Review: Justice League United Annual #1


Written by JEFF LEMIRE
Art and cover by NEIL EDWARDS and JAY LEISTEN
On sale OCTOBER 29 • 48 pg, FC, $4.99 US • RATED T

The Infinitus Saga begins as the Legion of Super-Heroes arrive with the shocking news that the 31st century has been destroyed! Now it’s up to the Justice League United to save the future!

You really need to enlarge this.

You really need to enlarge this.


The only Justice League United that I’ve read has been the Future’s End story last issue, and the second part that carried over into the Justice League Future’s End issue. I wasn’t impressed terribly, since it read more like the boss level of video game. That notwithstanding, as a big fan of the Legion, I was dead set on reading this issue, and if it passed muster, the entire four-issue storyline.

Before I go any further, I may let some spoilers slip, so just to be careful, here’s a break if you want to be extra careful toavoid any spoilers that may accidentally slip out.

Lemire does have an obvious affection for the Legion and for some aspects of it in particular. He explains Mon-El’s initial rampage with a recap of the Legion’s battle with Infinitus, who apparently is the New 52 version of the Infinite Man. The Legion members that come back after him are characterized very well, especially Brainiac 5, who while a little smug, is a friendlier version than we’ve seen since the Threeboot happened. It almost appears here that he’s Legion Leader, and I’m perfectly fine with that, although if the Legion does come back to a regular title, I worry about how that could develop. The sub-plot that ties in directly is the search to recover Hawkman’s body, and it is paced nicely but gets too bogged down in other subplots like Animal Man’s family life and Green Arrow feeling his leadership threatened by Supergirl’s impulsiveness. In the midst of all this comes a space battle against the shape changer Byth, clad in a non-descriptive spandex bodysuit that has nothing special about it at all. These suits make the heroes’ costumes look less special, but that takes us into the part of the review about the art.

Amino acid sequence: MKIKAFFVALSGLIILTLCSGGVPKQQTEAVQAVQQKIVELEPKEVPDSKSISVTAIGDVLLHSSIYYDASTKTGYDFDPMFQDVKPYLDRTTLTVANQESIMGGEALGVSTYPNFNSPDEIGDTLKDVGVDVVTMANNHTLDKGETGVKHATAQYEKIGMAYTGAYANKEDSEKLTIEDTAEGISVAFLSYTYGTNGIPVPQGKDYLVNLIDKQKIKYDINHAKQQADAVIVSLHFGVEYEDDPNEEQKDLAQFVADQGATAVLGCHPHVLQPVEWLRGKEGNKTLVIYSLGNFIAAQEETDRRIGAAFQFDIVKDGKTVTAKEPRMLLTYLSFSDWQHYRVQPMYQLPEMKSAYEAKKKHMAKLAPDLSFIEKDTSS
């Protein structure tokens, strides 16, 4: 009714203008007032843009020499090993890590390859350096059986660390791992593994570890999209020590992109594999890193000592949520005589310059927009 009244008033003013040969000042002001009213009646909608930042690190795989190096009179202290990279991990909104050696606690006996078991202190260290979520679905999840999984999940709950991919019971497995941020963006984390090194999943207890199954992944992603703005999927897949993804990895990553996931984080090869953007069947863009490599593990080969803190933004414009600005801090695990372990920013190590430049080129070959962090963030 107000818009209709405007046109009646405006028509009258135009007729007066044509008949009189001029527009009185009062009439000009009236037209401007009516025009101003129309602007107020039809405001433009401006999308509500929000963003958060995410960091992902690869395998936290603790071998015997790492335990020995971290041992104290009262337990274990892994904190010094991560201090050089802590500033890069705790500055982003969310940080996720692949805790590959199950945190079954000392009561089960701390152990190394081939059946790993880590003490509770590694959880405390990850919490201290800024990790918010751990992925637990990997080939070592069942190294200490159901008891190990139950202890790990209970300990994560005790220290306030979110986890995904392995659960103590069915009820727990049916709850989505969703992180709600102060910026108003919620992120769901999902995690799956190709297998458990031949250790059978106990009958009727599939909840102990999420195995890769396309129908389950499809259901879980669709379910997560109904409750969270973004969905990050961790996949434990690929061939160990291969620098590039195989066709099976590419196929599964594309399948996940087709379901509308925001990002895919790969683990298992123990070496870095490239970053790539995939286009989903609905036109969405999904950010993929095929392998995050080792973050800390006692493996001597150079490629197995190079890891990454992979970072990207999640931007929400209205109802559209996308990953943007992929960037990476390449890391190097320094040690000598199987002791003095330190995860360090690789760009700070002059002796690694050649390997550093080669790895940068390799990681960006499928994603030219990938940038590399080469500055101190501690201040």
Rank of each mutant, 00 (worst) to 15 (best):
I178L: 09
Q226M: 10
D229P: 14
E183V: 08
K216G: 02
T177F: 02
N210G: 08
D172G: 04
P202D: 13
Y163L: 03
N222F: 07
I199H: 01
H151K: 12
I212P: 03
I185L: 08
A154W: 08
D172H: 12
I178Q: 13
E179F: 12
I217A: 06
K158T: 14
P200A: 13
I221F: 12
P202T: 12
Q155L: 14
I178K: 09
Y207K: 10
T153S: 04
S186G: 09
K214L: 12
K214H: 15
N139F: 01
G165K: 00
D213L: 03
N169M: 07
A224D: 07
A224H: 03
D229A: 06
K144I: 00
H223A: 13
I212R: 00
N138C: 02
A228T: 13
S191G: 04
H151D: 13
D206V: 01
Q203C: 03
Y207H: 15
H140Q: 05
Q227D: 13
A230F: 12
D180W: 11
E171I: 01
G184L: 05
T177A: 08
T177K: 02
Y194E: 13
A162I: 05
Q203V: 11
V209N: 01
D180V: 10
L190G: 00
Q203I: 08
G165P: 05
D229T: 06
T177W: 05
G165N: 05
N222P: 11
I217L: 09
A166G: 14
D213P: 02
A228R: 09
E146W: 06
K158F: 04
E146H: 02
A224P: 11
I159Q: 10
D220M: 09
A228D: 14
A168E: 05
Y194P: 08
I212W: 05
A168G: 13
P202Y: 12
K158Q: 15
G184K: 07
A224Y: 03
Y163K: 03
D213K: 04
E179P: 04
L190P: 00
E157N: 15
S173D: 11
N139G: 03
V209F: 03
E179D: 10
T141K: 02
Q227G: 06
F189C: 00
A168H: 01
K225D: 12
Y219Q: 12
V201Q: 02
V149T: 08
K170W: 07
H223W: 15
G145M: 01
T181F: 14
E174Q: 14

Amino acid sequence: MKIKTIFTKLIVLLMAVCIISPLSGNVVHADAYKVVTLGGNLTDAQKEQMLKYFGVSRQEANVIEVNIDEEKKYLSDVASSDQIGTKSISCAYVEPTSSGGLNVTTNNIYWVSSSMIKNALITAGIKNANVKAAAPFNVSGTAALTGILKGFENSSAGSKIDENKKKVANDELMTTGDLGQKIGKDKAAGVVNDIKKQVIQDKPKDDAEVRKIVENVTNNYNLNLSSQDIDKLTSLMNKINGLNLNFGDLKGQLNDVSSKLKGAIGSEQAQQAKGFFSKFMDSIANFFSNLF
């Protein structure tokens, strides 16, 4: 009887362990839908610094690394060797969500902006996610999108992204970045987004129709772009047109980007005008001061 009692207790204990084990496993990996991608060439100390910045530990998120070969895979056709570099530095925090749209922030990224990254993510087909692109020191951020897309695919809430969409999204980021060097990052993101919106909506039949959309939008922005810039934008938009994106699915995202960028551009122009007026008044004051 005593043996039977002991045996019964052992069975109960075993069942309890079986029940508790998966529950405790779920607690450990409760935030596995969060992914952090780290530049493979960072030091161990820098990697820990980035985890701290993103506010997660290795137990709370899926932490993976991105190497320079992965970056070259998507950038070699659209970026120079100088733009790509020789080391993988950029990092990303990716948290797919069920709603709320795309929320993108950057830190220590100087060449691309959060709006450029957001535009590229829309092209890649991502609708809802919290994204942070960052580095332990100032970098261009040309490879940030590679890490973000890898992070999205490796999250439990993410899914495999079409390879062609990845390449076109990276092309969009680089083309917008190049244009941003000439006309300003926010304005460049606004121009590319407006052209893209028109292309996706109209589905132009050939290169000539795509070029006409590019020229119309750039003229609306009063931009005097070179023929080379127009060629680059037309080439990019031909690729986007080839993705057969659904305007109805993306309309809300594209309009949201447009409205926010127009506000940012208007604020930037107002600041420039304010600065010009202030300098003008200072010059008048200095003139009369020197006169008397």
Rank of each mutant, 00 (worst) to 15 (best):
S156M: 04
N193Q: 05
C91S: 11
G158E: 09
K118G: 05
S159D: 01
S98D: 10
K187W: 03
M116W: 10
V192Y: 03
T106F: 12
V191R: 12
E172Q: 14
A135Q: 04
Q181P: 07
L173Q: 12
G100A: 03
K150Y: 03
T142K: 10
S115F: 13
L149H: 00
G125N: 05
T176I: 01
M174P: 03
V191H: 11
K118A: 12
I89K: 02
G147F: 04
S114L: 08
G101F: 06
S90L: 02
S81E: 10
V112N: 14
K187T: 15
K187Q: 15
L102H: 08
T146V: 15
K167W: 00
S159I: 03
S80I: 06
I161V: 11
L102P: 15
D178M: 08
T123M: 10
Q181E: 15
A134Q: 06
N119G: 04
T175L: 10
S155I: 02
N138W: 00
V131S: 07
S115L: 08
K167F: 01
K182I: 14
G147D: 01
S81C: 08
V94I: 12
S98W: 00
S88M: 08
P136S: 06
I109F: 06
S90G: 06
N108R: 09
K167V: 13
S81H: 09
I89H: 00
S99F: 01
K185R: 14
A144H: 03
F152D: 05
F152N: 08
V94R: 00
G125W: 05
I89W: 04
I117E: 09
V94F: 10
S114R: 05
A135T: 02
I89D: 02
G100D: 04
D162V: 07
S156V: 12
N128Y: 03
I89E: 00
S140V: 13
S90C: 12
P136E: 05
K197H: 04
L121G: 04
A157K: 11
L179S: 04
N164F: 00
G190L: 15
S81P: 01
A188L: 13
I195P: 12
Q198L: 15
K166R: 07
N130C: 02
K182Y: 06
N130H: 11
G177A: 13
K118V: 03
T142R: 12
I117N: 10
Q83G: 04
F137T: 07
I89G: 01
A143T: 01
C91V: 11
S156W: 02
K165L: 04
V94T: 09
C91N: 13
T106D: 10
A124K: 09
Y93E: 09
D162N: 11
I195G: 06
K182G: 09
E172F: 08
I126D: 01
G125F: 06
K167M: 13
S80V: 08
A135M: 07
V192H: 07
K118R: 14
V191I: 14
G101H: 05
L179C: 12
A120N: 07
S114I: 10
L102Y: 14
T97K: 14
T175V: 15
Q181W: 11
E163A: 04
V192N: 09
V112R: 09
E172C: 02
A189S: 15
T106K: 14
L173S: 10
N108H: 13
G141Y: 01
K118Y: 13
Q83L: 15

The art is very, very nice. Neil Edwards is very good at drawing the Legion, especially Shadow Lass, who hasn’t had this balance of sensuality and heroism since Gary Frank redesigned her costume. Many of the Legionnaires are unchanged from those Gary Frank redesigns, although Mon-El and a few others get their New 52 costumes. He does commit one sin that I find unforgiveable, and that’s the extreme closup of the eye, and this time, its closed, conveying no emotion whatsoever. Points always get taken off for that. I’d even forgiven it if he’d included a tear, as cliche as that would have been.


The colorist, Jeromy Cox falls into the trap of so many Legion artists and miscolors Sensor Girl, Karate Kid, and Matter-Eater Lad who are relegated to cameos. I find that confusing and anytime I find myself confused, I get pulled out of the story, and this story seems so large and cosmic that I don’t need to be stepping outside of it. Neil Edwards is very much in the hyper-realized house style of the New 52, but I’ll always forgive that if it’s well done, and it is, but unfortunately Jeromy Cox doesn’t always carry through that feeling, giving me the sense that he was rushed, and if so, he did admirably for a time crunch. The cosmic effect on Infinitus doesn’t come across as successfully when the black line art is left intact unlike in other instances where it is altered for effect. I’m probably being too hard on him, but I’m spoiled by great colorists, and it just seems like he missed some opportunities to really excel, but did an admirable job nonetheless.

Like I said, I’m coming back for the rest of storyline, but as of right now, I won’t follow Justice League United after that.